Is it possible to love without attachment?

Sep 1, 2013

First of all, we assume that love and attachment mean the same thing. But the Buddhist way of understanding our emotions is that attachment is the neurotic, needy, dissatisfied part of us that yearns for someone out there, believing that when I get him, then I’ll be happy.

Love, on the other hand, is referring to an altruistic part of our being, a connection with others, a wish that they be happy, a delight in their wellbeing.

We have both of these, of course, but it’s so hard to see the difference. They’re like milk and water mixed together. If there’s any joy in our relationship, it’s because of love. If there’s anger and hurt and jealousy and the rest, it’s because of attachment. But it’s so hard to see this.

Attachment is such a simple word, but it’s multi-faceted. At the most fundamental level it’s that feeling of neediness deep inside us; that belief that somehow I am not enough, I don’t have enough, and no matter what I do or what I get, it’s never enough. Then, of course, because we’re convinced that’s true, we hanker after someone out there, and then when we find the one who triggers our good feelings, attachment manipulates to get him, convinced that he’s the one who will fulfill my needs, make me happy. Then we assume he’s our possession, almost an extension of myself.

This attachment is the source of all our other unhappy emotions. Because it’s desperate to get what it wants, the minute it doesn’t – the moment he doesn’t ring, or comes home late, or looks at someone else – panic arises that immediately becomes anger and then jealousy or low-self esteem or whatever our old habits are. In fact, anger is the response when attachment doesn’t get what it wants.

All these assumptions are so deep in us and we believe these stories so totally that it seems ridiculous to even question them. But we need to. And the only way we can do that is know our own minds, our feelings: we need to learn to be our own therapist.

The fact is attachment, anger, jealousy and the other painful emotions are not set in stone; they’re old, old habits, and we know we can change habits. The first step is to have some confidence that by knowing our own minds well we can learn to distinguish the various emotions inside us and gradually learn to change them.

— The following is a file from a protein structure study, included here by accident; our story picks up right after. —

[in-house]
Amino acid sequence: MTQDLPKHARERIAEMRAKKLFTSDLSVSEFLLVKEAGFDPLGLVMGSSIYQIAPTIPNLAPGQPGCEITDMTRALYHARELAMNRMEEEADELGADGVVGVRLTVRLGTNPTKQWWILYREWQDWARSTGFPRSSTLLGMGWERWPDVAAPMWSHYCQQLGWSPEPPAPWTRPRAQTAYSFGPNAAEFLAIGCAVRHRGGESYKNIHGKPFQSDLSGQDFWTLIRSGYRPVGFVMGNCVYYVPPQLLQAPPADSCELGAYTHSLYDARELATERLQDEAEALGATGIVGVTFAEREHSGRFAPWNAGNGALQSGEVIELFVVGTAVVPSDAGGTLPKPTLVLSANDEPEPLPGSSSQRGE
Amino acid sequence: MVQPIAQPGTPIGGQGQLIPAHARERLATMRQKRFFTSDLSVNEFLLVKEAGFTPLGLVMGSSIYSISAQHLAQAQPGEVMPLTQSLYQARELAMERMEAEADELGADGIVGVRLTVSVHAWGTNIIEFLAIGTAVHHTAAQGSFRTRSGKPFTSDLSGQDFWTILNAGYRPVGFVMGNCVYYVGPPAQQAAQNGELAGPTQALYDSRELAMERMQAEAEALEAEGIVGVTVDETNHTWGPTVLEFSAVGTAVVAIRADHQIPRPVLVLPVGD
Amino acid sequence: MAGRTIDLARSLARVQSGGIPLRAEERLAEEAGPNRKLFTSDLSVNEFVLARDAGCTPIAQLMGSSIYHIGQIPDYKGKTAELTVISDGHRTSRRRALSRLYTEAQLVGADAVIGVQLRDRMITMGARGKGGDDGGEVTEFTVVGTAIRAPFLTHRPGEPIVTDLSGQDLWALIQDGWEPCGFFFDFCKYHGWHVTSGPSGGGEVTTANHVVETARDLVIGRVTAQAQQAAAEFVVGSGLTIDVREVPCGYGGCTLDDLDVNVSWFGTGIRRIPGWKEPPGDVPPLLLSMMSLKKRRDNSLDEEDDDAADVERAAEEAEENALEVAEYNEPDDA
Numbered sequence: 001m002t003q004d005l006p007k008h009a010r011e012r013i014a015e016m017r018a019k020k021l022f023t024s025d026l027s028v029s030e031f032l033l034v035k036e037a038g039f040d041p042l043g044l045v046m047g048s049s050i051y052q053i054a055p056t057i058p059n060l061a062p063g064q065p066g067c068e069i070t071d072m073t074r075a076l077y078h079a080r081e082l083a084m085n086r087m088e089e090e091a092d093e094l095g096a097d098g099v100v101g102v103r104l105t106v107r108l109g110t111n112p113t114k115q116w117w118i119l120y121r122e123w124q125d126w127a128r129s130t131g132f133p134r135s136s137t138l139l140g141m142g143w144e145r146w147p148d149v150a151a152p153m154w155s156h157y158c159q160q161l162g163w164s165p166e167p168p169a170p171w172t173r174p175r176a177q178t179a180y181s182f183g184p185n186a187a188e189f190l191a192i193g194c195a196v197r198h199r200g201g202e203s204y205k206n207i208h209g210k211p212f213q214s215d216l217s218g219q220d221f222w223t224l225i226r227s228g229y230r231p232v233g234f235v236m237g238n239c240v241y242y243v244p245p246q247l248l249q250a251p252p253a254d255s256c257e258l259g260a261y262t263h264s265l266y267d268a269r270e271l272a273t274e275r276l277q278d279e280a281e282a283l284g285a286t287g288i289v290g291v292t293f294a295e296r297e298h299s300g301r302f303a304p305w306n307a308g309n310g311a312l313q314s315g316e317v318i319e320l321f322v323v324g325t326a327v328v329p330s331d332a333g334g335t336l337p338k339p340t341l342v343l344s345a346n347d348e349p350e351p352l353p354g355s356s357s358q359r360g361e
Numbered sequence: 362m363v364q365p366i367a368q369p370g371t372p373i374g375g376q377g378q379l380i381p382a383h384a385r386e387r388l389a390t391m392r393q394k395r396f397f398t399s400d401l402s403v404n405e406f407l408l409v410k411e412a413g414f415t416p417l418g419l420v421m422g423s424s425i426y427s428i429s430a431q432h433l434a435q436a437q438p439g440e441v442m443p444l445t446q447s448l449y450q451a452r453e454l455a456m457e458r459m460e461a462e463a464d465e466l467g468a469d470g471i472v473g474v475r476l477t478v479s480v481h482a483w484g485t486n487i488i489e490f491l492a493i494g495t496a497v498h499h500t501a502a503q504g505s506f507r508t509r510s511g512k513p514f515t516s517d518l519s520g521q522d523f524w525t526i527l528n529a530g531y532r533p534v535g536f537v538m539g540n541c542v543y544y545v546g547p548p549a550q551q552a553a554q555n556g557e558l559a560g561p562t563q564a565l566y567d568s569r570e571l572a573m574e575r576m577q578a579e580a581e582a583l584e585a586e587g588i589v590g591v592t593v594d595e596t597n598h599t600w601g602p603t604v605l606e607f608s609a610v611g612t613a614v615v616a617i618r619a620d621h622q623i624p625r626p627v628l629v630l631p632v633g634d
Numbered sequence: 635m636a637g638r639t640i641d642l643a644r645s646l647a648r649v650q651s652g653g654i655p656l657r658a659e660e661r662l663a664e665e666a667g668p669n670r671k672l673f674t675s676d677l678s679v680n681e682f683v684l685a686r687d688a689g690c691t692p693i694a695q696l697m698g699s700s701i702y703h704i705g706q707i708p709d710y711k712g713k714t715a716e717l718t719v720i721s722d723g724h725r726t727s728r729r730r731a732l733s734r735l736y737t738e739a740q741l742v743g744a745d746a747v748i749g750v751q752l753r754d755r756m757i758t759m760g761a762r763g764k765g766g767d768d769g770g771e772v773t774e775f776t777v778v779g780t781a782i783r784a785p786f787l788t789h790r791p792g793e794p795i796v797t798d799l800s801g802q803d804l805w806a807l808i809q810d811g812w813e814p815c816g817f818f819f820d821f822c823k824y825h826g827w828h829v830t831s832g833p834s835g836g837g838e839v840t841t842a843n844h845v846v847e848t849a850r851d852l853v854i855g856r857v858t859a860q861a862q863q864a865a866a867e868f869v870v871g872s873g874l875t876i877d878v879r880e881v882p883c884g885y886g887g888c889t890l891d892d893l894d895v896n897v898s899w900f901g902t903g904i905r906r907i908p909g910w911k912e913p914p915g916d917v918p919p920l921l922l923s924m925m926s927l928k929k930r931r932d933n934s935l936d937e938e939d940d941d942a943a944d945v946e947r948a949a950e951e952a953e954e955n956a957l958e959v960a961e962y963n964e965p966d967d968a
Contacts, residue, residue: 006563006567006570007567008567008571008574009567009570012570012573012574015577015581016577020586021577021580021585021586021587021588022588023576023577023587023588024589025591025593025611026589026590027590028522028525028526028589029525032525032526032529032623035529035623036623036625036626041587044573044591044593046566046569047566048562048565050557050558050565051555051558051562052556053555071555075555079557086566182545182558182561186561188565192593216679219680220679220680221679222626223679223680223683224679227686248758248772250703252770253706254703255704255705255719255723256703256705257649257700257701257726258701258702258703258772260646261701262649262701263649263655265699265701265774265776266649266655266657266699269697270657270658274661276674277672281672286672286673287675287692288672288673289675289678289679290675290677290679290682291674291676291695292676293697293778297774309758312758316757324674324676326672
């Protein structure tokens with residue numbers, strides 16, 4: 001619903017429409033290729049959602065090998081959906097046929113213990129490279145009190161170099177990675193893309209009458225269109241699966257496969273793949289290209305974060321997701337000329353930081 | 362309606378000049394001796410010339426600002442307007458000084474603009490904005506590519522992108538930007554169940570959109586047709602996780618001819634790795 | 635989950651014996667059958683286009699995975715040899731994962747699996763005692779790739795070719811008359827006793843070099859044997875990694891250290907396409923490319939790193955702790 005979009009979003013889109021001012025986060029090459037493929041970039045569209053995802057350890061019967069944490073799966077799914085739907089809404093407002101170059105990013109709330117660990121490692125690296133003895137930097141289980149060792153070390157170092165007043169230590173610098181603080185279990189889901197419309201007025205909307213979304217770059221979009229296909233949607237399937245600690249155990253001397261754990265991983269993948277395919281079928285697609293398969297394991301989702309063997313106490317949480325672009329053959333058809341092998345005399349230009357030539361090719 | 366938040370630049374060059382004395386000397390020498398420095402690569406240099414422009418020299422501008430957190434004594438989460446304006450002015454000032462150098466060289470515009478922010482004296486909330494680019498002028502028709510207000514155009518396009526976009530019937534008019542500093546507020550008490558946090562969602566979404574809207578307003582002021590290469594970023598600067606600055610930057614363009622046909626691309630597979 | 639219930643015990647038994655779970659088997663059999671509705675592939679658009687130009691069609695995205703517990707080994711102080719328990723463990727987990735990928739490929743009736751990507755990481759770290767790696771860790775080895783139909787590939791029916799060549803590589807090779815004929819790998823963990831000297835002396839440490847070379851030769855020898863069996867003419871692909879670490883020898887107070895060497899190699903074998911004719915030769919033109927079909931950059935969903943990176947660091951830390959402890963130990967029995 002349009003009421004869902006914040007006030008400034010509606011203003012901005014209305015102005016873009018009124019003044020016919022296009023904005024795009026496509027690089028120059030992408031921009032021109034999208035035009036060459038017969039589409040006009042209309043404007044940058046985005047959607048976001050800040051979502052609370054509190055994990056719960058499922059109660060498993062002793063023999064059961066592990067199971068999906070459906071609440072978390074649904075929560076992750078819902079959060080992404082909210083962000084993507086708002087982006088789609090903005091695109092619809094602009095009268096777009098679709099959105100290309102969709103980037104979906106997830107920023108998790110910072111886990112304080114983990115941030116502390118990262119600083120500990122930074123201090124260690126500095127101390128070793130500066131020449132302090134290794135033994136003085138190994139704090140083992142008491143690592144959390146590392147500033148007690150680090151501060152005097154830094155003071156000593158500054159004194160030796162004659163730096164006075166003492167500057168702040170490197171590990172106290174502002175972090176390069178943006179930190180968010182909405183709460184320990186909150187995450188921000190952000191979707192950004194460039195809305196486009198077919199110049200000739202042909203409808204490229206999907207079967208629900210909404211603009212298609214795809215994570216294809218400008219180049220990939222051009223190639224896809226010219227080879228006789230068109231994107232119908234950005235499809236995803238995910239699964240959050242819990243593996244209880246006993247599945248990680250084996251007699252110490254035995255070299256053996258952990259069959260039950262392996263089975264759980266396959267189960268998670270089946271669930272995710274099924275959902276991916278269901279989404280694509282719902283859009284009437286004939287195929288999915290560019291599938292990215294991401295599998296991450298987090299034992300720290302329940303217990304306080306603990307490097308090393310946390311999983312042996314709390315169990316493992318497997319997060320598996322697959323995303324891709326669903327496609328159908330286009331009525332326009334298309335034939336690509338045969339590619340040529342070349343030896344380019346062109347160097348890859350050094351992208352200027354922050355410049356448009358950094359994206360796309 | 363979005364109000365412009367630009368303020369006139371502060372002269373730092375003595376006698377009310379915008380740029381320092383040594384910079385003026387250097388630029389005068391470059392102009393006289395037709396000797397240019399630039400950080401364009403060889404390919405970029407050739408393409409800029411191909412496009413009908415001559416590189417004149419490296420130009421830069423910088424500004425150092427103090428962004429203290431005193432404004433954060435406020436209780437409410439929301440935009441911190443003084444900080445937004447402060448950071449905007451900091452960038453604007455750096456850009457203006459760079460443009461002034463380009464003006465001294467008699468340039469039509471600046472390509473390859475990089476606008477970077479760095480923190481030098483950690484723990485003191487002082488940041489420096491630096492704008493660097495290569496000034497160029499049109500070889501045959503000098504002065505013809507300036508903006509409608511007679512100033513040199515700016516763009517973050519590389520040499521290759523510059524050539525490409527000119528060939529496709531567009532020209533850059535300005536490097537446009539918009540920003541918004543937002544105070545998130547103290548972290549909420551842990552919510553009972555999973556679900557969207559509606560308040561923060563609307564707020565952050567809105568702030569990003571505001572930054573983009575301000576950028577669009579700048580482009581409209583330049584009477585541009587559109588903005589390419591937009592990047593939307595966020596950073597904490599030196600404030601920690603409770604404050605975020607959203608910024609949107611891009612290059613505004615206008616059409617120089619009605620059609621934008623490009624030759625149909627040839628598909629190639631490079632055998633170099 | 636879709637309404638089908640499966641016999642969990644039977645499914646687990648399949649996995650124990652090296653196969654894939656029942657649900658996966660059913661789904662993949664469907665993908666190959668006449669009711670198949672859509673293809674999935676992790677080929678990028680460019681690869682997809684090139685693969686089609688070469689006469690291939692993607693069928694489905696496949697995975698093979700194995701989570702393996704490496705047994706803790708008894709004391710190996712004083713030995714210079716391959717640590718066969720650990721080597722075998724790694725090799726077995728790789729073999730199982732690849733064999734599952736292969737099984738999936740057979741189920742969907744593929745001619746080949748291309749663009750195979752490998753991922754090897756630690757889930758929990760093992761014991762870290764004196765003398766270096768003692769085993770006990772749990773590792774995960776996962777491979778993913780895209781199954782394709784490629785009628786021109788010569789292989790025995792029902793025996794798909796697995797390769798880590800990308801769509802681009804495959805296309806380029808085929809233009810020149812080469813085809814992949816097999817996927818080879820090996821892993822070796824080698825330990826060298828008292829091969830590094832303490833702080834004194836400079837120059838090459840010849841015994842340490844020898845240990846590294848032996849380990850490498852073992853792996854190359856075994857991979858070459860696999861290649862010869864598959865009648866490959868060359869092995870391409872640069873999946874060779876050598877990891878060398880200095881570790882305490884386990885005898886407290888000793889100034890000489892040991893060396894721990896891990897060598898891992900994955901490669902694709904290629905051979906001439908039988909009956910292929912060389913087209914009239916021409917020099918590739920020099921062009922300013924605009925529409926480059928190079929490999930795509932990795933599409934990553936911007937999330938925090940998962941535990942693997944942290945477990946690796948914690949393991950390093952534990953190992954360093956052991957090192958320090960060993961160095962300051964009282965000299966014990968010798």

The first step is to have confidence that I can accomplish this. And that alone is huge – without it, we’re stuck.

The next step is to step back from all the endless chatter in our heads, to give ourselves some mental space. And a really simple way to do that – it’s so simple that it’s boring! – is for just a few minutes every morning, before we start our day, to sit down and focus on something. The breath is a good start. It’s nothing special; there’s no trick to it; it’s not mystical. It’s a practical psychological technique. With determination you decide that you will pay attention to the breath – the sensation at your nostrils as you breathe in and out. The moment your mind wanders off – and it certainly will! – you bring your attention back to the breath. That’s it.

The goal is not to make the thoughts go away; it’s to not get involved in them; to learn to let them come and go.

The long term result of a technique like this is a super focused mind, and that’ll take time. But the almost immediate benefit will be that because we’re attempting to step back from all the stories in our head for even a few minutes, we will begin to be objective about them, hear them more clearly, and slowly, slowly can start to unravel them, deconstruct them, and eventually change them.

It’s said that one of the signs of success is that we think we’re getting worse! But we’re not. We’re starting to hear the stories more clearly, and it’s then that we can begin to change them.

We need confidence and courage – and patience with ourselves – to do this job, but it’s possible.

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